In the typical dev environment, there is a development
server, a functional testing server, a quality assurance server, and one or
more production servers. Let’s suppose that your mandate is to modify a table
on the development server, adding a column or changing a column’s name or data
type, and yet you still have 50 or so more changes to make. Now it’s time to
roll out the changes to the other servers in cascading order.

SQL Server 2005 Management Studio comes to the rescue with
its handy Generate Change Script button, which you can see in Figure A. The Generate Change Script
button appears after you right-click a table and choose Modify from the
shortcut menu. The code attached to the button analyzes the current table
definition, compares it to your changed definition, and writes a script that
will alter the old table to conform to the new definition. By running this
script on a remote database, you can make changes to databases installed at
client or branch sites.

Figure A

Figure A: Generate Change Script button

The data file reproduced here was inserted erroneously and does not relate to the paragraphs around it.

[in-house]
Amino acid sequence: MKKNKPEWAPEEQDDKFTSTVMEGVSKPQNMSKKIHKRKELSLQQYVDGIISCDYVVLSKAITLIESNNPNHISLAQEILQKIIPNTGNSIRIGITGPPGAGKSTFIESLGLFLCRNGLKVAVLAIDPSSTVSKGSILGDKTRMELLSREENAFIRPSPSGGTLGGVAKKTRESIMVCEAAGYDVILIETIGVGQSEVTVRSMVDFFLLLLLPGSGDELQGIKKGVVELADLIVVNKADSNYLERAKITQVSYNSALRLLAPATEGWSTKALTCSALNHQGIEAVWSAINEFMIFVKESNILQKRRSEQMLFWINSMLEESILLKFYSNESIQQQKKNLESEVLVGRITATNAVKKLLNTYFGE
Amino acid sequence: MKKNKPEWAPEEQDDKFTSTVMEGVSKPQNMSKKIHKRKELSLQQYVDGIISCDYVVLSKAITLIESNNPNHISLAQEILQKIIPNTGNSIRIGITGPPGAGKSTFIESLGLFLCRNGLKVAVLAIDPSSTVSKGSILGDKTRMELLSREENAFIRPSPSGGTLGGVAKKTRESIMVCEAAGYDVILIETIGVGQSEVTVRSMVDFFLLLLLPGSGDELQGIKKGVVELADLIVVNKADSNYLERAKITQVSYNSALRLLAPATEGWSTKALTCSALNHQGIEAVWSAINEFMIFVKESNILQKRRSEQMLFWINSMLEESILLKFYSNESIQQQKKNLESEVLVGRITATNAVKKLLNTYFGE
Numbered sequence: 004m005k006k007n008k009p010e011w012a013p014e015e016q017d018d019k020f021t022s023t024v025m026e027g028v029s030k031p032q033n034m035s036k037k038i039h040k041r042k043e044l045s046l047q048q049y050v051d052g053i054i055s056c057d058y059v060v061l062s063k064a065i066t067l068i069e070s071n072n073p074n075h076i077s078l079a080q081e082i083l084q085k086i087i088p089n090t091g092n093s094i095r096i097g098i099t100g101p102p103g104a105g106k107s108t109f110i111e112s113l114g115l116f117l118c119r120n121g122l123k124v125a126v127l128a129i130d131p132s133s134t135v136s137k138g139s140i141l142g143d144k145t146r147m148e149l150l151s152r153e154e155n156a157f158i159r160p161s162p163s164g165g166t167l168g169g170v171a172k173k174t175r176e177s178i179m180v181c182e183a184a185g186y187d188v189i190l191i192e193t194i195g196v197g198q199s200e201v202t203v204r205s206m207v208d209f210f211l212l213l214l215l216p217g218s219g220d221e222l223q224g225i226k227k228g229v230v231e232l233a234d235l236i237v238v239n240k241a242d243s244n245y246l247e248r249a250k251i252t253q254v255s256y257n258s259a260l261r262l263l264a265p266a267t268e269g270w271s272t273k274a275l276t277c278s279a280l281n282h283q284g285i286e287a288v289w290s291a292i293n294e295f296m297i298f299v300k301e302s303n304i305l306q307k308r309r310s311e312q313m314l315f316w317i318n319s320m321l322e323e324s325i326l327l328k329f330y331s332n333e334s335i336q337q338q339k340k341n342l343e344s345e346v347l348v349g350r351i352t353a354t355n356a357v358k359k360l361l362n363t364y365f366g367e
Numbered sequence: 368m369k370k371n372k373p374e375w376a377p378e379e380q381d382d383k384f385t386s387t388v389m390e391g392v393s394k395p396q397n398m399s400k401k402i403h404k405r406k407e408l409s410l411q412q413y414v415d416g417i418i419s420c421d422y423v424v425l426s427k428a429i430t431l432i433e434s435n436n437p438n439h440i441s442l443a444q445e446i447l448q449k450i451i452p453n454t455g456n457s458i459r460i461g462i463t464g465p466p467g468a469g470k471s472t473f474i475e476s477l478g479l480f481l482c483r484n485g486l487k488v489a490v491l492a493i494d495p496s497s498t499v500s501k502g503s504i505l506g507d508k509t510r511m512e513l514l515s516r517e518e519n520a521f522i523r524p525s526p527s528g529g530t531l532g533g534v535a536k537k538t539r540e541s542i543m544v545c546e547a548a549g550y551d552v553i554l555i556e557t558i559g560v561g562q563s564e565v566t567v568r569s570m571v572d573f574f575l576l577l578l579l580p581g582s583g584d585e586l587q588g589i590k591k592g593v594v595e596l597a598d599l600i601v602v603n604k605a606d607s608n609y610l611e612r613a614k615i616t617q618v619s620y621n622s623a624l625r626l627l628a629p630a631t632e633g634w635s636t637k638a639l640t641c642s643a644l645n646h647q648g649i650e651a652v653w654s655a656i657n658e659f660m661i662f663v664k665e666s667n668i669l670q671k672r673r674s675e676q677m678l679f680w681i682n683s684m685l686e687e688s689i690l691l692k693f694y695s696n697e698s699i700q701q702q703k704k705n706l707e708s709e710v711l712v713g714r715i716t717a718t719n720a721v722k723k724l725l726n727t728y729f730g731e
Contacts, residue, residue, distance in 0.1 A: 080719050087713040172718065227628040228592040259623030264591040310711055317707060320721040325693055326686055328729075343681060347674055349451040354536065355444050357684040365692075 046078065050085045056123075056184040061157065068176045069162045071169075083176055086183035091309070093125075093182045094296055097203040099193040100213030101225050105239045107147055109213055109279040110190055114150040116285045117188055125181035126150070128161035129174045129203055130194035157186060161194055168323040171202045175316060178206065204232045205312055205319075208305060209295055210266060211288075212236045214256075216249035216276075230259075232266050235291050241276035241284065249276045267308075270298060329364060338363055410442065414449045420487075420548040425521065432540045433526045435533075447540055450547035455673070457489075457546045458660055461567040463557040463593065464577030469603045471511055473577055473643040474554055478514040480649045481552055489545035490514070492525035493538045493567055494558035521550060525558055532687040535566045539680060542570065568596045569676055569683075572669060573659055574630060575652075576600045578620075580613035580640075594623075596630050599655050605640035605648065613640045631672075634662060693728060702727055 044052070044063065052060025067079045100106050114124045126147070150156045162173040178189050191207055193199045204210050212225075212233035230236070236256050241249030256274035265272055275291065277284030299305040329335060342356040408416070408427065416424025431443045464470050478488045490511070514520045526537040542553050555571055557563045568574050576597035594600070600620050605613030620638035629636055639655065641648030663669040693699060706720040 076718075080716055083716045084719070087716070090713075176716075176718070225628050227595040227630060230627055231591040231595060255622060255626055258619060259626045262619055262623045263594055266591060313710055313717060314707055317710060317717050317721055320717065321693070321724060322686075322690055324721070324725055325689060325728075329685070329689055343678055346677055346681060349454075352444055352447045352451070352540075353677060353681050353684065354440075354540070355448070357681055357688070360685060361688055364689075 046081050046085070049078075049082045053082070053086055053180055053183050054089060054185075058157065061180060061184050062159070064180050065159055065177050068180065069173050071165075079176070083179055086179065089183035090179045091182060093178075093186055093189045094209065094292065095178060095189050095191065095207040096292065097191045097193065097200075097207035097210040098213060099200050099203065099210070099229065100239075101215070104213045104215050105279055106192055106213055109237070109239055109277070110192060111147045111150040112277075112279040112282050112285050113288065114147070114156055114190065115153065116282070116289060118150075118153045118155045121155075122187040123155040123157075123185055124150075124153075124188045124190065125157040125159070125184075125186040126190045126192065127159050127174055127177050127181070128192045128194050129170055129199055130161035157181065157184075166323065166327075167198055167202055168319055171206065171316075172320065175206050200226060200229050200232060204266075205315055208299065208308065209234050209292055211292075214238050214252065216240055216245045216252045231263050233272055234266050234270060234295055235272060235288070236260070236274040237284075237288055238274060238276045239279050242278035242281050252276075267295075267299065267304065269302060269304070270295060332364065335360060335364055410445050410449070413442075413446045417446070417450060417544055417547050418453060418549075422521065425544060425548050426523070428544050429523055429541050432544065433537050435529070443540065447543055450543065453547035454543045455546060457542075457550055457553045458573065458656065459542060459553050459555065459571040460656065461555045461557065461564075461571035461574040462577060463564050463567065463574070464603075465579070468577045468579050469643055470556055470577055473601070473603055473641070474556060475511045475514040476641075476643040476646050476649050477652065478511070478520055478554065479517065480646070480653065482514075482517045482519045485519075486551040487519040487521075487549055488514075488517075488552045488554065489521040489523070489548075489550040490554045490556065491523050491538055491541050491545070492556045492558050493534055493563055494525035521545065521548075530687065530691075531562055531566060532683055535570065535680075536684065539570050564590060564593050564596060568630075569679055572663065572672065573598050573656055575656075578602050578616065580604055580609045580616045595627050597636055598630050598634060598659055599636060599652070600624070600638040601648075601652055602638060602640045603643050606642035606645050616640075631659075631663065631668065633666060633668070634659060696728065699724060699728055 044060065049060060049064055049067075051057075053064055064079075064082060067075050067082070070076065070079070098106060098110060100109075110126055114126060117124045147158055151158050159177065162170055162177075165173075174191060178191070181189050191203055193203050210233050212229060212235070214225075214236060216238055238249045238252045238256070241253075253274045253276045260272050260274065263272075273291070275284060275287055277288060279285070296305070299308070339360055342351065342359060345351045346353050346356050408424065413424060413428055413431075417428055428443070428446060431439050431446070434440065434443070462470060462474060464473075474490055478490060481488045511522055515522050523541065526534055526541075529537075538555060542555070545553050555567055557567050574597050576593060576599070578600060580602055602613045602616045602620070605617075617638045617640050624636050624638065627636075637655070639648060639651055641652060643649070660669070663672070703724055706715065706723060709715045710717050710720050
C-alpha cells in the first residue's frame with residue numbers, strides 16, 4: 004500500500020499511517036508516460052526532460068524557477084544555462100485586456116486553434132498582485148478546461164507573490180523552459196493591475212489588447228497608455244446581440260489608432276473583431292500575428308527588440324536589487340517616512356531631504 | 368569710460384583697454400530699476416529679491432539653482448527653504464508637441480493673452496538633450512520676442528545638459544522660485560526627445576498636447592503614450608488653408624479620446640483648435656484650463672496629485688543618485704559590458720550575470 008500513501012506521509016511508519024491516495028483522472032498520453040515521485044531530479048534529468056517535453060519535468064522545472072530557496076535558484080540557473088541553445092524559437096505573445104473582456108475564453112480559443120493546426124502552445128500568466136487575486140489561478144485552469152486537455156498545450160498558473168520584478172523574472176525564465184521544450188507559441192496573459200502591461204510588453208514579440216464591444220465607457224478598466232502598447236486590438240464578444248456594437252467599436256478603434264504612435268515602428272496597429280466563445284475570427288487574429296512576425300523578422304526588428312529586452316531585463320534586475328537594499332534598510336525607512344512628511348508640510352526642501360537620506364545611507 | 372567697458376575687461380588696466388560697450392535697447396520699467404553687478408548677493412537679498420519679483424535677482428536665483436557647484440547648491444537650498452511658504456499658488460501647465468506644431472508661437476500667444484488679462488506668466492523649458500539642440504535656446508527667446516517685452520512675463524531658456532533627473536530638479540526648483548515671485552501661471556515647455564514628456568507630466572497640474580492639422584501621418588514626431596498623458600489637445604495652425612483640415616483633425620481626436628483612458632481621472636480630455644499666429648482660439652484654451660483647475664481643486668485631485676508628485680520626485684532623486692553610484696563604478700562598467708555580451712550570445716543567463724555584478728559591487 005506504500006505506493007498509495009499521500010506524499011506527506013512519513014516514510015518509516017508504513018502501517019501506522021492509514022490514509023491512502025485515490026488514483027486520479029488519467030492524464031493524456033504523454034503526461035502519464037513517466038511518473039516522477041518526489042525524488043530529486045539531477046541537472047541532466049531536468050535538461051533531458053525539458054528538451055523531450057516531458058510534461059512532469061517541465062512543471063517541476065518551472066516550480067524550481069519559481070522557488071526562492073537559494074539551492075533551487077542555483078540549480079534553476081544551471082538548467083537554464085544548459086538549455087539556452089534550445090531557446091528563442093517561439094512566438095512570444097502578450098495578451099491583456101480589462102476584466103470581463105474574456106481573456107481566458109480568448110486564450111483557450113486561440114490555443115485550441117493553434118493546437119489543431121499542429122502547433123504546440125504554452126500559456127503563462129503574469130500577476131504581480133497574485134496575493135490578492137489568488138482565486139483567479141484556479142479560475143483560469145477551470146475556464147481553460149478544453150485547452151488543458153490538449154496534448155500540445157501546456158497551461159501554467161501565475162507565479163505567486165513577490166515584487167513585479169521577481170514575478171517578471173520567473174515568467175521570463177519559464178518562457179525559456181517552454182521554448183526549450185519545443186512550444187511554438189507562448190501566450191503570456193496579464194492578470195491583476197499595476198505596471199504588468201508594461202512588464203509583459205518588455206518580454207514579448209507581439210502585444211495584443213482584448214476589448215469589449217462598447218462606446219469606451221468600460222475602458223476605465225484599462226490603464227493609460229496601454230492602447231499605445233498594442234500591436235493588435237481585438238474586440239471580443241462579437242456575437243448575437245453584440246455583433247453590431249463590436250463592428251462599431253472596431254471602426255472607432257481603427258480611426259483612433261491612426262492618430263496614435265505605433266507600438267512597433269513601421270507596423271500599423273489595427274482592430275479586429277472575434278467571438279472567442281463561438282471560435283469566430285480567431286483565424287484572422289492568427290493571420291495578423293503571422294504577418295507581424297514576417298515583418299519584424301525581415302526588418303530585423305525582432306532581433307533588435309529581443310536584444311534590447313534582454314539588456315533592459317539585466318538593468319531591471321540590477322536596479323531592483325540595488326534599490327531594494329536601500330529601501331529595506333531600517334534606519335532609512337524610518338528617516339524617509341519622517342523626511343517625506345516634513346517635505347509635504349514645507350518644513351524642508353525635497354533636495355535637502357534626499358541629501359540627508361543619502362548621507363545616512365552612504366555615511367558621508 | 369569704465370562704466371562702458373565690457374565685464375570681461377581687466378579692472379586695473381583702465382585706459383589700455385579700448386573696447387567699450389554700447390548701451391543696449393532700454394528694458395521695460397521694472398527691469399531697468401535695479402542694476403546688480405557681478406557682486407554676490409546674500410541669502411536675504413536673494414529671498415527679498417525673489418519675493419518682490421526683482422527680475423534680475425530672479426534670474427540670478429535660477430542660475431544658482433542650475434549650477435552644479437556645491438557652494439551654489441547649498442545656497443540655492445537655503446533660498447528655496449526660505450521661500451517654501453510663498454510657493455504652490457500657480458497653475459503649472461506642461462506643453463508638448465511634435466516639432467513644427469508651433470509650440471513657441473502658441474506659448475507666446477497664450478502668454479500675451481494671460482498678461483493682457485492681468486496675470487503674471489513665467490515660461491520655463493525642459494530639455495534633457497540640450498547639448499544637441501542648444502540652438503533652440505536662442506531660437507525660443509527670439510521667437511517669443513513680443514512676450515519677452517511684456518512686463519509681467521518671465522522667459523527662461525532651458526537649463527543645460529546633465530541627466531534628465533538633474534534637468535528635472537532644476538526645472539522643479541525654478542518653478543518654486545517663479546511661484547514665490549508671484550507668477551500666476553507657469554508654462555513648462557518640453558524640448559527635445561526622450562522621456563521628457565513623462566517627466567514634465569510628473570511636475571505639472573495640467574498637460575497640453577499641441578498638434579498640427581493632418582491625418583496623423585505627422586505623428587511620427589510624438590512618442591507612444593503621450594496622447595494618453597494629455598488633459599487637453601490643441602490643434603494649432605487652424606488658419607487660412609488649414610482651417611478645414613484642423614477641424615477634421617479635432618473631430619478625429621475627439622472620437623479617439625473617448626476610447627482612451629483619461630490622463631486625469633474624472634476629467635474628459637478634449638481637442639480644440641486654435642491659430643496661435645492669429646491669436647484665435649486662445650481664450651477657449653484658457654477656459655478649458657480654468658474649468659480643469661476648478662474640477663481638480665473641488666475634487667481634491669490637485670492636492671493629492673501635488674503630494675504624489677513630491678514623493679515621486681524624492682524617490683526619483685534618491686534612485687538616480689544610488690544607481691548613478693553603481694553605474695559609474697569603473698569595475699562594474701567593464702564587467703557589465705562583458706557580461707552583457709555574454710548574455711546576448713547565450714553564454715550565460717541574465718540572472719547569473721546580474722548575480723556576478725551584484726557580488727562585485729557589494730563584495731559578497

Now you’re asked to change all nchar
and nvarchar columns to char and varchar
respectively. This could be a minefield, particularly where foreign keys are
concerned. (For the moment, we will sidestep the issue of using such columns as
primary keys, as opposed to identity columns.)

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When you begin to make these changes, you’ll discover
another cool hidden feature in SQL Server 2005 Management Studio: the Data Type
Change. The dialog box will appear if you change the data type or anything else
on a column that is a foreign key. For example, after changing all instances of
nchar to char and nvarchar
to varchar, the Data Type Change Required dialog box
(see Figure B) popped up. After reading
the warning that I might lose data due to the conversion, I clicked the Yes
button to proceed.

Figure B

Figure B: SQL Server 2005 Management Studio detects that the CustomerID column is a foreign key elsewhere, and notifies you that all instances will be changed.

SQL Server 2005 Management Studio generated the code to
perform all these changes and presented me with a preview for my verification. (Note:
In the preview window, you can’t see all the code, but you can select it all
and paste it into an editor for easier viewing.)
Listing C contains the generated code.

If you are faced with this type of change request and it
reverberates through your entire database, then generating individual scripts
like the one presented above can be quite tedious. You can save time by using
various solutions, such as data-modeling tools or Red Gate
Software’s SQL Compare
, which can “diff” two databases and update
one from the changes made to the other. But, when your tasks are less
monumental, SQL Server 2005 Management Studio does a wonderful job.

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